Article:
Image courtesy of Sample Chief.

This Video Explores the Countless Songs That Sample Manu Dibango's 'Soul Makossa'

In their new video, Sample Chief highlights how influential 'Soul Makossa' has been on popular music.

Manu Dibango's 1972 record "Soul Makossa" is the most sampled African song ever. A new video from the African music knowledge-sharing platform Sample Chief highlights just how widely his classic song has been used across genres and time periods.

According to Sample Chief, the song has been sampled and covered over 125 times. The video maps out the song's explosive journey from a B-side for the Cameroonian national football team to one of the most recognizable records of all time.

READ: Sample Chief, a Go-To Platform for African Music Knowledge, Share 5 of Their Favorite Samples

While the song's vocal chants were perhaps most famously used by Michael Jackson on 'Wanna Be Startin' Somethin'," and Rihanna on "Please Don't Stop the Music" (he later sued both artists for reportedly using it without his permission), the video shows that the song's influence has spread to countless tracks. In its earlier days, it was used by Kool & The Gang on the hit track "Hollywood Swinging" and it was later used on a number of hip-hop songs from the likes of Jay-Z, Kanye West, Slick Rick, Busta Rhymes and more. It's even been heard in some unexpected places: it was used on the Buckwheat Boyz's novelty track "Ice Cream and Cake," which then landed in a popular Baskin Robbin's commercial.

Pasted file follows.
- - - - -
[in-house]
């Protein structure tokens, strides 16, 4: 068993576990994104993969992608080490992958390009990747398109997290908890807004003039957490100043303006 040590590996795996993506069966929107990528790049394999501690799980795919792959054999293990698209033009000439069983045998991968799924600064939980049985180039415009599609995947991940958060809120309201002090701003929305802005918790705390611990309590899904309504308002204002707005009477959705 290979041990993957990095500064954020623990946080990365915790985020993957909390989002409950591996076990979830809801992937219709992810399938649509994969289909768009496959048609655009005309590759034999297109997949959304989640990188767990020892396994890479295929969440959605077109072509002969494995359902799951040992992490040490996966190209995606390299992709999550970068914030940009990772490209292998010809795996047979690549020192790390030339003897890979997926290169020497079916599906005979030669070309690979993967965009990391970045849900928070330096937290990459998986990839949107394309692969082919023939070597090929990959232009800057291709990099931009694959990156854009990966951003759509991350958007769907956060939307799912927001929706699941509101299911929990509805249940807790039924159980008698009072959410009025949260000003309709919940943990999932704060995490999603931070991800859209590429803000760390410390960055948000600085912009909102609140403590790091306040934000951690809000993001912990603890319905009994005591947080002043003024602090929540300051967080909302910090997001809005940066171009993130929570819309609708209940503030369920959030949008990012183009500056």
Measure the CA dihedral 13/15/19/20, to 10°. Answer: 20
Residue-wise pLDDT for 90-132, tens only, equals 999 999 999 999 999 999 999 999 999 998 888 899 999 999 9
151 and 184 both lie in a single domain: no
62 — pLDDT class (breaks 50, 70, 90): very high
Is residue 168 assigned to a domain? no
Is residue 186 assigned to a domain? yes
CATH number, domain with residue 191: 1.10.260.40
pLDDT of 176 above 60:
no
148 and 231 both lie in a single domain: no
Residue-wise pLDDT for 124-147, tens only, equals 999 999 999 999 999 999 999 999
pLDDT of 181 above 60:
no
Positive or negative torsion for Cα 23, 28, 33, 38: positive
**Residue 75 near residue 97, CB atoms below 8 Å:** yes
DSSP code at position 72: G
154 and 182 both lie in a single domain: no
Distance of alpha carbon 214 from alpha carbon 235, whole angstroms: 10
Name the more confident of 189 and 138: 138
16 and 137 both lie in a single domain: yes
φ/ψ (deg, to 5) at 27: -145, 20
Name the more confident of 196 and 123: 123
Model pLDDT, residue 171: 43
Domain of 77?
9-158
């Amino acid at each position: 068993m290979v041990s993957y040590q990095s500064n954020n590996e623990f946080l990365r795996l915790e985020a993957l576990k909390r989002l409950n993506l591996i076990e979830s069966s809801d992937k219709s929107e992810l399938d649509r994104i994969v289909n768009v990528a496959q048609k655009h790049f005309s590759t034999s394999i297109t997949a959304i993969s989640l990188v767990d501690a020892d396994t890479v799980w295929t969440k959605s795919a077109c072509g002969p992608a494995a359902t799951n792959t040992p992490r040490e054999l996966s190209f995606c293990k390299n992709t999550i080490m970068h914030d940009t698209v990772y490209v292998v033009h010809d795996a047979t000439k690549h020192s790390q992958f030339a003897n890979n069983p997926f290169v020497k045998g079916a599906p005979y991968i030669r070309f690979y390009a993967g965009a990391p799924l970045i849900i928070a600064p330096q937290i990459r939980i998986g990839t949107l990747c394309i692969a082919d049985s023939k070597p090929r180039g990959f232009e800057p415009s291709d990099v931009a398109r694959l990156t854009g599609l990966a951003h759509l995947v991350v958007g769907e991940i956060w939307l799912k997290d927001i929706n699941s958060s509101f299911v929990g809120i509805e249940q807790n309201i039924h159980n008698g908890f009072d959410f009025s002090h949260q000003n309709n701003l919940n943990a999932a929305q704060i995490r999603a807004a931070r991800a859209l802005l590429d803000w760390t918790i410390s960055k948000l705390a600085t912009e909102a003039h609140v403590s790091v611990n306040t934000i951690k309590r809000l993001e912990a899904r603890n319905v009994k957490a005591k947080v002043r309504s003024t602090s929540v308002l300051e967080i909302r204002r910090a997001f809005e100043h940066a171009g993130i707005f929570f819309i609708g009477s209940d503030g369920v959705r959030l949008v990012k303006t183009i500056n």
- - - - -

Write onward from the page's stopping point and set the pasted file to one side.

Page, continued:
READ: 10 Essential Manu Dibango Songs

The video also provides a history lesson on the late Cameroonian musician's illustrious career as Africa's first international star and the father of Afro-jazz.

Check out the full video below and keep up with Sample Chief on Twitter and Instagram.

Soul Makossa Is The Most Sampled African Track Of All Time! www.youtube.com

Image courtesy of Chude Jideonwo

Nigerian Mental Health Advocate Chude Jideonwo Shares Practical Ways Of Coping During COVID

We speak with the founder of Joy Inc. about the mental health challenges facing Nigerians, how many have managed to find effective ways to cope, and the online resources available to the community.

Never in our lifetimes have we experienced a pandemic of this gravity. As COVID-19 cases rise in Nigeria, Nigerians aren't just worried about getting the virus, they are also concerned about a host of other challenges: our lack of efficient and effective healthcare—which is overwhelmed even without a pandemic—the lack of appropriate data, and the high levels of poverty and illiteracy in the country that make it difficult to enforce the strategies that will enable us to handle the pandemic and keep it under control.

In a bid to understand how Nigerians are dealing with mental health challenges now, on the ground, due to the pandemic—which has led to a lockdown restricting movement and also social distancing rules—we spoke with Nigerian journalist, lawyer and mental healthcare advocate Chude Jideonwo, who is the founder of Joy Inc. He shared insights from his experiences with The Joy Inc., which he founded in 2016 to help young people going through mental and emotional challenges. He aimed to help provide young Nigerians with tools to help navigate the world around them.

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